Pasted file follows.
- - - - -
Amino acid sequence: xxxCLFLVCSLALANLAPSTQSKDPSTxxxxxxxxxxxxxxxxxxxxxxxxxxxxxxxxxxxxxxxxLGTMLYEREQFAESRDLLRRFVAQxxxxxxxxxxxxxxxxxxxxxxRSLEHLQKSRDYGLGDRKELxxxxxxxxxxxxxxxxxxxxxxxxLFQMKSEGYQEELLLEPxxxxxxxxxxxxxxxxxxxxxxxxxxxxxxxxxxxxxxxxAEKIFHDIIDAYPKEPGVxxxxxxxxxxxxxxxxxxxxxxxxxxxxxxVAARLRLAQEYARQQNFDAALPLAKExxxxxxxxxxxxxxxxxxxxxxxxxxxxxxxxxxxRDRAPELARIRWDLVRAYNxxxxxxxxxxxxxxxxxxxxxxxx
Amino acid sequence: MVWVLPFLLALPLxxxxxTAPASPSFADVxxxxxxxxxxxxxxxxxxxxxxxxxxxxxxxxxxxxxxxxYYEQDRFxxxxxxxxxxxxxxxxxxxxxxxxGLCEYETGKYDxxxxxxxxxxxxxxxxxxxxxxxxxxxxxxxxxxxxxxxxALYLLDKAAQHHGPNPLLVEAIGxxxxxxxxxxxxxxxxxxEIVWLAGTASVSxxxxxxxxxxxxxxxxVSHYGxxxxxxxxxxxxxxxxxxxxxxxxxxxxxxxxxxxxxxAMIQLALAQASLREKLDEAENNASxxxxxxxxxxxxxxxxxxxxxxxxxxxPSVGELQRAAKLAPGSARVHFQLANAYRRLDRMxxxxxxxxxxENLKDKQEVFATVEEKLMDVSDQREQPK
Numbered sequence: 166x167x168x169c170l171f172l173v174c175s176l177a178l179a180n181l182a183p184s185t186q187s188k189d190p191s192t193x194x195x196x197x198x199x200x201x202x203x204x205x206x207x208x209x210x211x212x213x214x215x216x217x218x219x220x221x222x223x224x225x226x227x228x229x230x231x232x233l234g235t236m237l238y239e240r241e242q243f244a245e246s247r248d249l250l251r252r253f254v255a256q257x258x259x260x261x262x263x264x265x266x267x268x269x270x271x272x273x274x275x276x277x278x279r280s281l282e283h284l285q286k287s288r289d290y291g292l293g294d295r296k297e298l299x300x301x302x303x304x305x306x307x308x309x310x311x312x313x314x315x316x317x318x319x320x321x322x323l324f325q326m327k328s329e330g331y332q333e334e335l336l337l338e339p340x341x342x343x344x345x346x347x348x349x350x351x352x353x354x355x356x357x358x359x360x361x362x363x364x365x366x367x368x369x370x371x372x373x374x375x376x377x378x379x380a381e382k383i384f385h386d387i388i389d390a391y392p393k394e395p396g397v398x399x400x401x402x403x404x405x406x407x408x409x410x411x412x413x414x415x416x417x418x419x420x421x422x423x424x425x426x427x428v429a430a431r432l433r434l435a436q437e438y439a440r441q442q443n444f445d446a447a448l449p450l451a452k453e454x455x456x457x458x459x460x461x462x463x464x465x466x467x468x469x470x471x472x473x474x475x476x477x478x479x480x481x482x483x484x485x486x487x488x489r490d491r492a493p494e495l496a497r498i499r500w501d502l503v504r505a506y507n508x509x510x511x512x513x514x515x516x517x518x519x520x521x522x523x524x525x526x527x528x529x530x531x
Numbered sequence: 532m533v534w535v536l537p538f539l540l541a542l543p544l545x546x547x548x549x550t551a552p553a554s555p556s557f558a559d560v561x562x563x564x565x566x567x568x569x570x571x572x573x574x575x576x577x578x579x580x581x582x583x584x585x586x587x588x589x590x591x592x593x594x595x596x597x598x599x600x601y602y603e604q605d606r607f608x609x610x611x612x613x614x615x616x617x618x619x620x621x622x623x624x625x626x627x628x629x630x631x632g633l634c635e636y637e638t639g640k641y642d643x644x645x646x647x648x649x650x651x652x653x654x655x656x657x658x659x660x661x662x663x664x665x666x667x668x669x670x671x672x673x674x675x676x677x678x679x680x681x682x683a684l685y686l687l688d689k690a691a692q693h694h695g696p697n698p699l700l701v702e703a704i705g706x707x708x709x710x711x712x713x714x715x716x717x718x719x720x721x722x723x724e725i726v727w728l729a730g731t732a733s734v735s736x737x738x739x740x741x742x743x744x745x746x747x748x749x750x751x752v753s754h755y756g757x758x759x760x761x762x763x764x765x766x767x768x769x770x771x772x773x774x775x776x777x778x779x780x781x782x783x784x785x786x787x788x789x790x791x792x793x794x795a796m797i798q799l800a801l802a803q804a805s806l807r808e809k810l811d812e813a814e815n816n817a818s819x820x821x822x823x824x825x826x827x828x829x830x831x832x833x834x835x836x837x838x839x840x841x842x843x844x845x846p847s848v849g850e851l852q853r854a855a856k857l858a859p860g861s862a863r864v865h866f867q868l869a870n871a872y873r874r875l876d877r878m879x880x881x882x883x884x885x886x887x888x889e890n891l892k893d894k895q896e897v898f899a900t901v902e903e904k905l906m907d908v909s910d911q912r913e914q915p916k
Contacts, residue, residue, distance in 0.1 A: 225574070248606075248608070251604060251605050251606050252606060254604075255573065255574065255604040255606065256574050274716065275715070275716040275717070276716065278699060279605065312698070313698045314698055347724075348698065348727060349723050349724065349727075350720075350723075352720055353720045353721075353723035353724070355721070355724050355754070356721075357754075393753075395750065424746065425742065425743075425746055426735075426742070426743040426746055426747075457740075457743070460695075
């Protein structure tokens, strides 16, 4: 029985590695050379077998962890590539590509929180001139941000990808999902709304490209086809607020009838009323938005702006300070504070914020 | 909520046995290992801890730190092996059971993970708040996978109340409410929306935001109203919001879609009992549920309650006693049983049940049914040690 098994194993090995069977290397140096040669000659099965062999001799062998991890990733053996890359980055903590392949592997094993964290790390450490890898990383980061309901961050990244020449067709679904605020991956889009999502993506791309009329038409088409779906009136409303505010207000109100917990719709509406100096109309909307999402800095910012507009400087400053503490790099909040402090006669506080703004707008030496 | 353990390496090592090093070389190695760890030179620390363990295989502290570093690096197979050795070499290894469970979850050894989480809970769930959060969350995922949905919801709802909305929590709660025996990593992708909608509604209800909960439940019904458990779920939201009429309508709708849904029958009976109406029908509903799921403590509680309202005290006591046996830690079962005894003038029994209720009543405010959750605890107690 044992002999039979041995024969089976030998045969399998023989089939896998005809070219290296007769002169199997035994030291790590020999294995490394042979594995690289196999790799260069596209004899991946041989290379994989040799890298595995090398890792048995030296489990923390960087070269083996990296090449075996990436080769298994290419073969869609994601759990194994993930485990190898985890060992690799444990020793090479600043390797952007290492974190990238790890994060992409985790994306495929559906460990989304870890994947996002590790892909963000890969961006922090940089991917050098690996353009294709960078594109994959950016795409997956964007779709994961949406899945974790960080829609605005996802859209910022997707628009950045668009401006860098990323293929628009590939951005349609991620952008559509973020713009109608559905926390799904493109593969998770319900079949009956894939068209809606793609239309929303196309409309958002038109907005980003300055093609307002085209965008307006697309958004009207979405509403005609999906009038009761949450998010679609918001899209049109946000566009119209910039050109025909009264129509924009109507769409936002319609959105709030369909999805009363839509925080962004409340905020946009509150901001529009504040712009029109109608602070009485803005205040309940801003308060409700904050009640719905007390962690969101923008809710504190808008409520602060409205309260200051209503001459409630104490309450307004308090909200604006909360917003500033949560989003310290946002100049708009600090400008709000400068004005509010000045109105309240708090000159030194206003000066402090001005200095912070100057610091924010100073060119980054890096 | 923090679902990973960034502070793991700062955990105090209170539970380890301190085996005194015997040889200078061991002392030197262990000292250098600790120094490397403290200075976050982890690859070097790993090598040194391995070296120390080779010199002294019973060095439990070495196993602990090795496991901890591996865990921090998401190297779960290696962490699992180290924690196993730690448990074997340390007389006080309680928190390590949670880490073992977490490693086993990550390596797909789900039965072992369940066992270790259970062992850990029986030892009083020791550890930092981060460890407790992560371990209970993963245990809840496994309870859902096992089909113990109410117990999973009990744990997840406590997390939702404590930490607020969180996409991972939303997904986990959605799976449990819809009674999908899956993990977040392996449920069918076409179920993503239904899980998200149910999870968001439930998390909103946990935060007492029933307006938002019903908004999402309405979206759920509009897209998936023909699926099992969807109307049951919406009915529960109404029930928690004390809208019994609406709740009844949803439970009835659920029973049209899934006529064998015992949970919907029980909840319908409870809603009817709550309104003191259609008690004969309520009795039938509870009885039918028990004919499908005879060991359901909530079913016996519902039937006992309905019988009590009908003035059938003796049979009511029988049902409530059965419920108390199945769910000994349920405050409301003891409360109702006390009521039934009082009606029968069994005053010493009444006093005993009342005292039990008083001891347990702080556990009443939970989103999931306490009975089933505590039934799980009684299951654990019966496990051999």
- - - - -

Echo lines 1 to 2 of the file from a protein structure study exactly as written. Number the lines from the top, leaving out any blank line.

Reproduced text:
Amino acid sequence: xxxCLFLVCSLALANLAPSTQSKDPSTxxxxxxxxxxxxxxxxxxxxxxxxxxxxxxxxxxxxxxxxLGTMLYEREQFAESRDLLRRFVAQxxxxxxxxxxxxxxxxxxxxxxRSLEHLQKSRDYGLGDRKELxxxxxxxxxxxxxxxxxxxxxxxxLFQMKSEGYQEELLLEPxxxxxxxxxxxxxxxxxxxxxxxxxxxxxxxxxxxxxxxxAEKIFHDIIDAYPKEPGVxxxxxxxxxxxxxxxxxxxxxxxxxxxxxxVAARLRLAQEYARQQNFDAALPLAKExxxxxxxxxxxxxxxxxxxxxxxxxxxxxxxxxxxRDRAPELARIRWDLVRAYNxxxxxxxxxxxxxxxxxxxxxxxx
Amino acid sequence: MVWVLPFLLALPLxxxxxTAPASPSFADVxxxxxxxxxxxxxxxxxxxxxxxxxxxxxxxxxxxxxxxxYYEQDRFxxxxxxxxxxxxxxxxxxxxxxxxGLCEYETGKYDxxxxxxxxxxxxxxxxxxxxxxxxxxxxxxxxxxxxxxxxALYLLDKAAQHHGPNPLLVEAIGxxxxxxxxxxxxxxxxxxEIVWLAGTASVSxxxxxxxxxxxxxxxxVSHYGxxxxxxxxxxxxxxxxxxxxxxxxxxxxxxxxxxxxxxAMIQLALAQASLREKLDEAENNASxxxxxxxxxxxxxxxxxxxxxxxxxxxPSVGELQRAAKLAPGSARVHFQLANAYRRLDRMxxxxxxxxxxENLKDKQEVFATVEEKLMDVSDQREQPK